I’m sure you know the grim statistics: About 90 percent of new products and businesses fail within the first two years. That figure looms large for industrial designers; after all, making successful new products is the heart of our work. All too often, the failure doesn’t seem to stem from the product itself or the timing; instead, it has to do with the ways that companies habitually protect themselves from risk.
Any experienced industrial designer knows that business is inherently risky. Every innovation is a gamble — on the product, on the reaction of the intended customers, and on the pure chance that things will go well. But experience has shown me that the natural tendency to avoid risk altogether can hamstring a company’s ability to effectively judge which innovations it can successfully promote. This tendency seems to be strongest when a company most needs (or professes to need) creative contributions, including those from outsiders. That’s when a company typically ends up rejecting the innovations that it needs most.
Over the course of my life, I’ve been involved with a number of inventions that fit this pattern. At the time, their potential seemed obvious, yet each was treated as some kind of outrageous, unlikely long shot. If companies were willing to learn from the stories of those inventions, they might become more adept at distinguishing which gambles are likely to win.
The first time I was involved with a radical invention was in the late 1950s. Not only did the product break through to commercial success, it became an international recreational institution. Today, it is hard to imagine life without it. The product that started it all was the Pop Tent.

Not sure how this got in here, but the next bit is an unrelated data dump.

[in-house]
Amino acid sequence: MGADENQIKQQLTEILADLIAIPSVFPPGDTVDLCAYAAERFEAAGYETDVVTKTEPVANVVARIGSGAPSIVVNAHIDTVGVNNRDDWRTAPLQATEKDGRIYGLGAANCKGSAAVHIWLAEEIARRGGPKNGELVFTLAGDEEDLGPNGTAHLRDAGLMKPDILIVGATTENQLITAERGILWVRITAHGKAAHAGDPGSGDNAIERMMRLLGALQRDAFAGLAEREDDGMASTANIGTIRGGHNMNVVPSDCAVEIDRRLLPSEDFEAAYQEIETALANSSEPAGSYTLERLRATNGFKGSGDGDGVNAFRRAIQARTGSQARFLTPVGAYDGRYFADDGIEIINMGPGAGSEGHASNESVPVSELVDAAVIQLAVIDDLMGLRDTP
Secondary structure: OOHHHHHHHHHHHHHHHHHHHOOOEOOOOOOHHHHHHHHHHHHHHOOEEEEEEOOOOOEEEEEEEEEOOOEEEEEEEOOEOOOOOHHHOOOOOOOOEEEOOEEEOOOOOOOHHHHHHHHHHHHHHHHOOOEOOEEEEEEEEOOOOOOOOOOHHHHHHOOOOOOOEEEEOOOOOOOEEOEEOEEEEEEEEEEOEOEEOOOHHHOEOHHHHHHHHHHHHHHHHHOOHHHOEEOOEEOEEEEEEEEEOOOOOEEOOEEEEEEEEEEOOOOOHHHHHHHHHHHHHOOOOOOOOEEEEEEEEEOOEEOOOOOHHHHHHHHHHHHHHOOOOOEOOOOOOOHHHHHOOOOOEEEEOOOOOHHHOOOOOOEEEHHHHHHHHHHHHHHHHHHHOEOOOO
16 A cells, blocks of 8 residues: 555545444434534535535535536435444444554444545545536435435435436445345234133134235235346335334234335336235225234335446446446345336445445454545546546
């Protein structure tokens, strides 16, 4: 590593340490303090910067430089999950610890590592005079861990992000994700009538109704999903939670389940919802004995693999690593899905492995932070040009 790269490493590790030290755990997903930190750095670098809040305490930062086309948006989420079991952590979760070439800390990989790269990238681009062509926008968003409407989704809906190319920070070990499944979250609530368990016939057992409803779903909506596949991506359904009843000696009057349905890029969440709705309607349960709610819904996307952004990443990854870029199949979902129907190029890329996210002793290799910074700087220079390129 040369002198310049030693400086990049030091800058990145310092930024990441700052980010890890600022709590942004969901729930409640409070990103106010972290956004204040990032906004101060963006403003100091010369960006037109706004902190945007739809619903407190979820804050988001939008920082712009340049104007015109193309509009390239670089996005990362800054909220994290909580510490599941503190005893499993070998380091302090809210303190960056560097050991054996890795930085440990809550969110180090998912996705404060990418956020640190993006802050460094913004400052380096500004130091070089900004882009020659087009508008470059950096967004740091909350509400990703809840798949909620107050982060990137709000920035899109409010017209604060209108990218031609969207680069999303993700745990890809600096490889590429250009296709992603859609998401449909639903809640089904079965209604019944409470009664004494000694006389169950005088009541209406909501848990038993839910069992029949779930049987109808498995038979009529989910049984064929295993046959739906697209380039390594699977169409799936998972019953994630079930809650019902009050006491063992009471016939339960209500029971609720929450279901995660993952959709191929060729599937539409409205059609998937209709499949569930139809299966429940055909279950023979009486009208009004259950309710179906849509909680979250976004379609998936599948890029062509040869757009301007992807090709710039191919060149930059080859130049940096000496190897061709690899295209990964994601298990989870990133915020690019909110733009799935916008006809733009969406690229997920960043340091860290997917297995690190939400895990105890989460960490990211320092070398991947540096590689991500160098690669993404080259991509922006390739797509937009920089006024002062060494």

Lightweight, easy-to-handle, bug- and weather-resistant tents did not always exist. One day in 1956, an unexpected squall drenched an artist and inventor named Bill Moss — who was then working as an illustrator for the magazine Ford Times, published by the Ford Motor Company — just as he was painting a portrait of a freshly caught trout by a stream in Michigan. He had no way to shelter his easel, but he did have several fishing poles with him. In a burst of inspired resourcefulness, he punched their handles into the soft soil to form a rough circle, tied their tips together, and spread his poncho over them to form an impromptu dome.
Bill immediately realized that a perfected version of his improvised shelter could transform camping and hiking from a generally all-male, almost masochistically brutal paramilitary exercise into an enjoyable family activity. If family camping caught on, he reasoned, people would be more inclined to support measures to clean up streams and lakes. To someone like Bill, who deplored the post–World War II deterioration of Michigan’s formerly pristine riparian habitat, this would be a welcome change.
How could a mere tent bring about such a major change in public attitude? By being user-friendly. In contrast to traditional tents — which were heavy canvas structures unreliably supported by a maze of ropes, poles, and stakes (lots of stakes) — the Pop Tent, which Bill Moss soon trademarked, could be set up or taken down by one person in about a minute, even in the dark. The tent’s integral floor and screened windows kept campers safe from snakes and insects. The streamlined shape resisted assault by wind and rain. It packed neat and small and was about half the weight of comparably sized traditional tents without floors. The Pop Tent was wildly successful, to the point of overrunning its creator’s tiny sewing operation, yet he failed to convince a major tent retailer that its customers would be interested.